- Mandatory 12-Week Maternity Leave Adopted by the Ohio Civil Rights Commission
- November 19, 2007 | Author: Kelly L. Kauffman
- Law Firm: Dinsmore & Shohl LLP - Office
On October 25, 2007, the Ohio Civil Rights Commission, by a 4-1 vote, revised Ohio Administrative Code Chapter 4112-5-05(G), replacing a "reasonable period of time" maternity leave requirement with a mandated twelve-week time frame. Ohio employers with four or more workers have to provide female employees twelve (12) weeks of unpaid maternity leave, with guaranteed job reinstatement, under this revised rule.
Failure to provide twelve weeks of leave to pregnant employees would be "presumed to have a disparate impact on women and constitute unlawful sex discrimination unless justified by a business necessity." Revised O.A.C. 4112-5-05(G)(4). The revised code further requires that a pregnant employee be treated the same as other employees who are similarly situated solely in their ability or inability to work. Whether a pregnant employee is also similarly situated in all other material respects would be irrelevant.
The current version of the rule, adopted in 1977, requires that employers provide pregnancy leave “for a reasonable period of time,” makes it illegal to terminate a female employee under a policy providing “insufficient” or no pregnancy leave, and requires that pregnant employees be returned to their original or similar job upon signifying their intent to return to work within a “reasonable time.” The proposed revision to this rule removes any ambiguity by changing “reasonable period” to a mandatory 12 weeks. Ohio joins numerous other states that require more generous maternity leave benefits than provided in federal mandates, by adopting this revised language.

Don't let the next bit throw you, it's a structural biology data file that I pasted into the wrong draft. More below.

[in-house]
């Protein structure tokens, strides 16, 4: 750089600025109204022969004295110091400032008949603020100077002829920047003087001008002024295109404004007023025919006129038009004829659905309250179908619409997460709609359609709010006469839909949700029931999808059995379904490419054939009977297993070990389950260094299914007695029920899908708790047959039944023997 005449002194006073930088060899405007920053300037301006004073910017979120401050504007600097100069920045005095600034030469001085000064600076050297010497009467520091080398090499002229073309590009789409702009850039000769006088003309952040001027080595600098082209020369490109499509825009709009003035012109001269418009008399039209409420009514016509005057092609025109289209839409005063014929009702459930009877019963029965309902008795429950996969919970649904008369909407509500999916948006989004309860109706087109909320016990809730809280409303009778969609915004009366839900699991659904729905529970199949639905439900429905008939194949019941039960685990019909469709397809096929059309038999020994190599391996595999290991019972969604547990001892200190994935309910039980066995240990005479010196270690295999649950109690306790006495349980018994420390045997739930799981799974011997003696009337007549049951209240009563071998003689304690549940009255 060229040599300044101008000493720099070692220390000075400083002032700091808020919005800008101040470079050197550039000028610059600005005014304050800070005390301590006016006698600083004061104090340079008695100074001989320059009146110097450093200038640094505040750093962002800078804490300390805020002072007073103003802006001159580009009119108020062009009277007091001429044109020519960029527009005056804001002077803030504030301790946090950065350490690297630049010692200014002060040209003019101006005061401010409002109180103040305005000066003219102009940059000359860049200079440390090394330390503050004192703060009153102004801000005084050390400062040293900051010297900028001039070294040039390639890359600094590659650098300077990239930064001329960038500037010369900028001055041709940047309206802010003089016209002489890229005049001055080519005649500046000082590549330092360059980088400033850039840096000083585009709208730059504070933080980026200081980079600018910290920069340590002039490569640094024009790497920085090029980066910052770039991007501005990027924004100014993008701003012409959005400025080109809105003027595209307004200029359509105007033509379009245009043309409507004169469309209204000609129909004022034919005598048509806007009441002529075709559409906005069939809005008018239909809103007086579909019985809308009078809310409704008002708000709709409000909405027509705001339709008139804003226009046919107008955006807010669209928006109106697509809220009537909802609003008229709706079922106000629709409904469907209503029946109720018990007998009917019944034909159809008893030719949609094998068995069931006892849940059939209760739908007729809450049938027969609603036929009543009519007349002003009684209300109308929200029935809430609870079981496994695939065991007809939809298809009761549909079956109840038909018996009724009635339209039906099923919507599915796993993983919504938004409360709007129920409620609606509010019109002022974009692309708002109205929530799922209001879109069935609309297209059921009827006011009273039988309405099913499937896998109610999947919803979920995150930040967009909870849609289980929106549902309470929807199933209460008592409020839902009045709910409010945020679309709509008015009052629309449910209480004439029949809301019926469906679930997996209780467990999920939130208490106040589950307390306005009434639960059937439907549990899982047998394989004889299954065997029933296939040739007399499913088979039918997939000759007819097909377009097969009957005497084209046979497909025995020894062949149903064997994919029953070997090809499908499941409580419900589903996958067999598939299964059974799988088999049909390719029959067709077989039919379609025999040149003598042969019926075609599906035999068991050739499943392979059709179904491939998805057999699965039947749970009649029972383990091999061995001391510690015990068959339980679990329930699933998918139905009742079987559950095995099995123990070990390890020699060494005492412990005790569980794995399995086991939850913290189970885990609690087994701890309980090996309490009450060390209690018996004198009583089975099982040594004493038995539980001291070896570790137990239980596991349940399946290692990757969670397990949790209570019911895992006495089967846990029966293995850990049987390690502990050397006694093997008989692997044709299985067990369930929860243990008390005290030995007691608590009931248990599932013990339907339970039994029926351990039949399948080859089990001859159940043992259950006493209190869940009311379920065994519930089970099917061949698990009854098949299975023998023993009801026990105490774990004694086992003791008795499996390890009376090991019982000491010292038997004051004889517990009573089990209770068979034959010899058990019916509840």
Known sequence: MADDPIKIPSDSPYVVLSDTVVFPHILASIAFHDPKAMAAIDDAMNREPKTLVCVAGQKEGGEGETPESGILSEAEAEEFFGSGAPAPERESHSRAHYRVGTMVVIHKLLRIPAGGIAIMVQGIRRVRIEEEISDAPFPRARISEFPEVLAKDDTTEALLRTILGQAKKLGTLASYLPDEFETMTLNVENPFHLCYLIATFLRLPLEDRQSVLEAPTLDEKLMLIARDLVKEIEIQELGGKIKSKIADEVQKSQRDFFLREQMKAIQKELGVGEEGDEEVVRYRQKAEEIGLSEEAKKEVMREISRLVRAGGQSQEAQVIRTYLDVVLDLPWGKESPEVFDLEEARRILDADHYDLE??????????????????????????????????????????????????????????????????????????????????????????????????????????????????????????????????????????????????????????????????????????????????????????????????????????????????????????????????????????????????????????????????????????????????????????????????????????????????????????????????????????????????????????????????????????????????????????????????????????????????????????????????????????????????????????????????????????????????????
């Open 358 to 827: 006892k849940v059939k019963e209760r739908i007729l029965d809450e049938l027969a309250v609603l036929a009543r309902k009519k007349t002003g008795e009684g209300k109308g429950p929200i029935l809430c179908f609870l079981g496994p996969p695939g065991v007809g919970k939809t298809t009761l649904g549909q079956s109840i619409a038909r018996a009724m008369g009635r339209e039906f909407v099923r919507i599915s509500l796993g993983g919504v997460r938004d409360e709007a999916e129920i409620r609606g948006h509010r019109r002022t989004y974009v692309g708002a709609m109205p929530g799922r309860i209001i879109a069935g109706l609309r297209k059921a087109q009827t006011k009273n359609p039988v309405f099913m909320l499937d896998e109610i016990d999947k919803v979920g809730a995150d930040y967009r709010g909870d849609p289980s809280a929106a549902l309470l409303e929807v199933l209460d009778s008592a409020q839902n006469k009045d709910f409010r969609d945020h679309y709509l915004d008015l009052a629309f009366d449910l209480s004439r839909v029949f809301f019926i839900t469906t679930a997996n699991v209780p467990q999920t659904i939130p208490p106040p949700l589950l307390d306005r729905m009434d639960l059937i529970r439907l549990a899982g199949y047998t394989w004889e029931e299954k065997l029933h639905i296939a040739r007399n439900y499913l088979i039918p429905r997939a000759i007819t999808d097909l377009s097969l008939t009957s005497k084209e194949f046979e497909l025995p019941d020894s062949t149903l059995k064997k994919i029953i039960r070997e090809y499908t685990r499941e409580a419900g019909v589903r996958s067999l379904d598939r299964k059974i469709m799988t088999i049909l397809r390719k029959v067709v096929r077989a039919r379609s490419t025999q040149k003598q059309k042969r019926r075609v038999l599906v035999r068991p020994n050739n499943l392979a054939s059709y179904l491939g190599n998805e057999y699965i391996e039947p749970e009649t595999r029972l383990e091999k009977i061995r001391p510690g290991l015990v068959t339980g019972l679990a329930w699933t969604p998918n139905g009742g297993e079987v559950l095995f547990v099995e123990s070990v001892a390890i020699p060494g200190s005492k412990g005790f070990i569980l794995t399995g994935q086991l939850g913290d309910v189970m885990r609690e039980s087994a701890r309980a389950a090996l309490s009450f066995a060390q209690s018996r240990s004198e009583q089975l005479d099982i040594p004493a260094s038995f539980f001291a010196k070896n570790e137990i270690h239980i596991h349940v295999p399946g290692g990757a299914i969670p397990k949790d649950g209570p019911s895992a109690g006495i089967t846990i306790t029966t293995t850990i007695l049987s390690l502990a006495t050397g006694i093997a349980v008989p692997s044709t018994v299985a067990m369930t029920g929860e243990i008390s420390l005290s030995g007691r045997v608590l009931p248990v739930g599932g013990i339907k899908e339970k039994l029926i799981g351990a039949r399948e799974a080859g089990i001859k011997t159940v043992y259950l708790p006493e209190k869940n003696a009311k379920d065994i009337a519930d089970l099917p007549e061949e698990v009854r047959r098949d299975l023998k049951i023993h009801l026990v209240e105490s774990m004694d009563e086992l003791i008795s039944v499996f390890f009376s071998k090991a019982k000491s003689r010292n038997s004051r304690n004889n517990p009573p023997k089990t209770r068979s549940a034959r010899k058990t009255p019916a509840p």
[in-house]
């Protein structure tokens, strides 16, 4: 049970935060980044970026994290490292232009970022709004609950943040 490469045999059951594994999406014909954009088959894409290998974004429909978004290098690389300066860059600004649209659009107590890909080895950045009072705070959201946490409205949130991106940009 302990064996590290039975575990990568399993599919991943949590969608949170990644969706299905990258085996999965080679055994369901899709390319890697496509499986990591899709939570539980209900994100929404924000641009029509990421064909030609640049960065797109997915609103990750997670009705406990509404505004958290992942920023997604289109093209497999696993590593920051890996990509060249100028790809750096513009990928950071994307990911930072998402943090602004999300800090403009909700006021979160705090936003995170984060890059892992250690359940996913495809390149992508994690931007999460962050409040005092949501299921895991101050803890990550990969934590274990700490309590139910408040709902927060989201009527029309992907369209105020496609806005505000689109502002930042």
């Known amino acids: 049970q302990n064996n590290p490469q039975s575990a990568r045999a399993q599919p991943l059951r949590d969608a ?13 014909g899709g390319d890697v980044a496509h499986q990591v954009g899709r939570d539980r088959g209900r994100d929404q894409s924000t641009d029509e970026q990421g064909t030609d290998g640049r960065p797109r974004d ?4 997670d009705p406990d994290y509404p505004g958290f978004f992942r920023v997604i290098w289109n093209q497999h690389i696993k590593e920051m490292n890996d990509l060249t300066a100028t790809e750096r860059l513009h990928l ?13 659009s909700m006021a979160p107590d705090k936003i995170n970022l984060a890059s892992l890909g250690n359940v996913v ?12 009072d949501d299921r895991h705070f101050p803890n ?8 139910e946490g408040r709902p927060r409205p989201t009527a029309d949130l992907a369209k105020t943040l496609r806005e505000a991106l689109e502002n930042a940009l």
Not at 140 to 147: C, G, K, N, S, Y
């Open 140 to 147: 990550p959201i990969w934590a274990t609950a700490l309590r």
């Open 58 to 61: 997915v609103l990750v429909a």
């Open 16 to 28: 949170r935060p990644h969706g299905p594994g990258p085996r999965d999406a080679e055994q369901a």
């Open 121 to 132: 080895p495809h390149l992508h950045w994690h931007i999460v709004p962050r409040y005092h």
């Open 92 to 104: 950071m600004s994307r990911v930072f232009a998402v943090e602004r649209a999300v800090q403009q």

Business interests have challenged the revision to O.A.C. 4112-5-05(G) since it was proposed on June 21, 2007, by the Ohio Civil Rights Commission, protesting that this mandatory twelve week leave will place an undue burden on employers, particularly small companies, particularly at this time when Ohio's economy is struggling. The business community further contest that the code as revised creates a "super-protected" class of women of reproductive age. The Ohio Chamber of Commerce released a statement indicating that it will challenge the revised policy when it goes before the Joint Committee on Agency Rule Review (JCARR) later this year.
JCARR has thirty (30) days from the filing of the rule by the commission to act or else the rule takes effect eleven (11) days later, i.e. forty-one (41) days from filing. If at least six members of the committee vote to invalidate the change, that decision would have to be approved by a majority vote in both chambers of the Ohio General Assembly.
Text of the revised rule can be viewed online at the OCRC's website at http://crc.ohio.gov/pdf/PregnancyRule06212007.pdf.